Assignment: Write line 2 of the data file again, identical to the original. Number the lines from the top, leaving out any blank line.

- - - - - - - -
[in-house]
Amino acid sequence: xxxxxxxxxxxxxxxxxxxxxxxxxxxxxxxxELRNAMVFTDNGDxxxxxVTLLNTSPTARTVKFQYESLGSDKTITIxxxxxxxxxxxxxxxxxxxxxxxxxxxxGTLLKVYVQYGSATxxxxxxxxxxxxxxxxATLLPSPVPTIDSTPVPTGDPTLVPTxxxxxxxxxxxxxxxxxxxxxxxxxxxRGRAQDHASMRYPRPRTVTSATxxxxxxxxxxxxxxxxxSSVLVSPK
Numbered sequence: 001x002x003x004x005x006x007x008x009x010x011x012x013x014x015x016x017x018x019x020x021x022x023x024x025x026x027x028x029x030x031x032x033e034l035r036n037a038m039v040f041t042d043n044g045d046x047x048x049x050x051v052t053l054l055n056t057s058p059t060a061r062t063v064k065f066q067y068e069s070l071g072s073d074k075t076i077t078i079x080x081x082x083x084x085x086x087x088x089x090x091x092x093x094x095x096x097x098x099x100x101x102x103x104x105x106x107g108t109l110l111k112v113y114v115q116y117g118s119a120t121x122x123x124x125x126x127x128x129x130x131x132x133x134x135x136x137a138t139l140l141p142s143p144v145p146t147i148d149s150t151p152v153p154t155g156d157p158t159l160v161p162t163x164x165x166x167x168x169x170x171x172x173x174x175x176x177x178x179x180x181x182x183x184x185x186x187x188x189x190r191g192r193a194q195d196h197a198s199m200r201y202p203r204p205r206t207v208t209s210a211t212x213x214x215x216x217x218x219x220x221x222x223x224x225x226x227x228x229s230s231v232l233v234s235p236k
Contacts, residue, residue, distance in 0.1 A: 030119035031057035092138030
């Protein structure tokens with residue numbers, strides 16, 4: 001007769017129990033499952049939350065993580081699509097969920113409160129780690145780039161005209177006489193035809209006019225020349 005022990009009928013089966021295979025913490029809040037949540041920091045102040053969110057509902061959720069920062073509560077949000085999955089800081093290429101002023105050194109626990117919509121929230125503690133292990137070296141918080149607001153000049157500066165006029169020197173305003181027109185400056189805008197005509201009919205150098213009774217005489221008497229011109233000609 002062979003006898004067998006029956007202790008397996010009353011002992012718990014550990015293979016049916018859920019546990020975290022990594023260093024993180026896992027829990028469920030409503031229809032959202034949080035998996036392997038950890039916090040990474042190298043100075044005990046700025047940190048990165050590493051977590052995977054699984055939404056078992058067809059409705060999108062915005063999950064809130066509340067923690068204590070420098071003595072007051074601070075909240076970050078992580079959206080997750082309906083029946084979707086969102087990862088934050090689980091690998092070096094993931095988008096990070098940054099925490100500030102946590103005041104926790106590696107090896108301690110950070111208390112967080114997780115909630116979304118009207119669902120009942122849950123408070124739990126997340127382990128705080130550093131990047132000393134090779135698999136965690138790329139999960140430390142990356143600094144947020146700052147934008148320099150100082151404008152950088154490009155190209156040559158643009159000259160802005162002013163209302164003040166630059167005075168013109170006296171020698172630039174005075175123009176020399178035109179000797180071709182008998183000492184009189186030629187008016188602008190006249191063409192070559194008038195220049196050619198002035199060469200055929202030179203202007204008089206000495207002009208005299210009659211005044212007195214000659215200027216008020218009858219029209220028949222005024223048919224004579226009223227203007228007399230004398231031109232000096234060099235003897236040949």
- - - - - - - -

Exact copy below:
Amino acid sequence: xxxxxxxxxxxxxxxxxxxxxxxxxxxxxxxxELRNAMVFTDNGDxxxxxVTLLNTSPTARTVKFQYESLGSDKTITIxxxxxxxxxxxxxxxxxxxxxxxxxxxxGTLLKVYVQYGSATxxxxxxxxxxxxxxxxATLLPSPVPTIDSTPVPTGDPTLVPTxxxxxxxxxxxxxxxxxxxxxxxxxxxRGRAQDHASMRYPRPRTVTSATxxxxxxxxxxxxxxxxxSSVLVSPK